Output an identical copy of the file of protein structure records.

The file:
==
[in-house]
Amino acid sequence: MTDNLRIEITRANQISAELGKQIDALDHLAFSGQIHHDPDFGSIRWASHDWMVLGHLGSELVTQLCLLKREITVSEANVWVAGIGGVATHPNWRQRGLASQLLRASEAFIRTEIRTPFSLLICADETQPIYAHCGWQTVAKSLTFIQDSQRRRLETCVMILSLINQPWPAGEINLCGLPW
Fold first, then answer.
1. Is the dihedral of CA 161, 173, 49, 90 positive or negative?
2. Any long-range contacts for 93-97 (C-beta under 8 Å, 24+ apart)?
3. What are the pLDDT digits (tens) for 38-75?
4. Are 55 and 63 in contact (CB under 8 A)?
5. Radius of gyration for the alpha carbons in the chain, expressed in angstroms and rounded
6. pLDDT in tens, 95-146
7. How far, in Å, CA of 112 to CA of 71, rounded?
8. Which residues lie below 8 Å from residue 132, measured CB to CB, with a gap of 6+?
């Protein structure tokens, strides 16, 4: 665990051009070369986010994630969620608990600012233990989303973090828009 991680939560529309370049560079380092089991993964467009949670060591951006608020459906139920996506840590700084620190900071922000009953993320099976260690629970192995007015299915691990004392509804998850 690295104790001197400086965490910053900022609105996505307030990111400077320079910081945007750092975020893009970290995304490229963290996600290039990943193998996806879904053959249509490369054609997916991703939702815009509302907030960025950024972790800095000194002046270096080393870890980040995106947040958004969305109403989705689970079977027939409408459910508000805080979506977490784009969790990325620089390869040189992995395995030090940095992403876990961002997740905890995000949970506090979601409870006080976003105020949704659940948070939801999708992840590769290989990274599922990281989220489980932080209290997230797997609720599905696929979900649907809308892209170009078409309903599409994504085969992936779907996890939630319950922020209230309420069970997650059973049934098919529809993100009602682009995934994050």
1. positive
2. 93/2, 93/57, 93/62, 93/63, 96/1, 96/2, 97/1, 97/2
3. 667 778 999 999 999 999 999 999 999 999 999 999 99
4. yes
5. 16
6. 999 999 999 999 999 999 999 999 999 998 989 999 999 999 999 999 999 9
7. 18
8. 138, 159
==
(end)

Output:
[in-house]
Amino acid sequence: MTDNLRIEITRANQISAELGKQIDALDHLAFSGQIHHDPDFGSIRWASHDWMVLGHLGSELVTQLCLLKREITVSEANVWVAGIGGVATHPNWRQRGLASQLLRASEAFIRTEIRTPFSLLICADETQPIYAHCGWQTVAKSLTFIQDSQRRRLETCVMILSLINQPWPAGEINLCGLPW
Fold first, then answer.
1. Is the dihedral of CA 161, 173, 49, 90 positive or negative?
2. Any long-range contacts for 93-97 (C-beta under 8 Å, 24+ apart)?
3. What are the pLDDT digits (tens) for 38-75?
4. Are 55 and 63 in contact (CB under 8 A)?
5. Radius of gyration for the alpha carbons in the chain, expressed in angstroms and rounded
6. pLDDT in tens, 95-146
7. How far, in Å, CA of 112 to CA of 71, rounded?
8. Which residues lie below 8 Å from residue 132, measured CB to CB, with a gap of 6+?
């Protein structure tokens, strides 16, 4: 665990051009070369986010994630969620608990600012233990989303973090828009 991680939560529309370049560079380092089991993964467009949670060591951006608020459906139920996506840590700084620190900071922000009953993320099976260690629970192995007015299915691990004392509804998850 690295104790001197400086965490910053900022609105996505307030990111400077320079910081945007750092975020893009970290995304490229963290996600290039990943193998996806879904053959249509490369054609997916991703939702815009509302907030960025950024972790800095000194002046270096080393870890980040995106947040958004969305109403989705689970079977027939409408459910508000805080979506977490784009969790990325620089390869040189992995395995030090940095992403876990961002997740905890995000949970506090979601409870006080976003105020949704659940948070939801999708992840590769290989990274599922990281989220489980932080209290997230797997609720599905696929979900649907809308892209170009078409309903599409994504085969992936779907996890939630319950922020209230309420069970997650059973049934098919529809993100009602682009995934994050």
1. positive
2. 93/2, 93/57, 93/62, 93/63, 96/1, 96/2, 97/1, 97/2
3. 667 778 999 999 999 999 999 999 999 999 999 999 99
4. yes
5. 16
6. 999 999 999 999 999 999 999 999 999 998 989 999 999 999 999 999 999 9
7. 18
8. 138, 159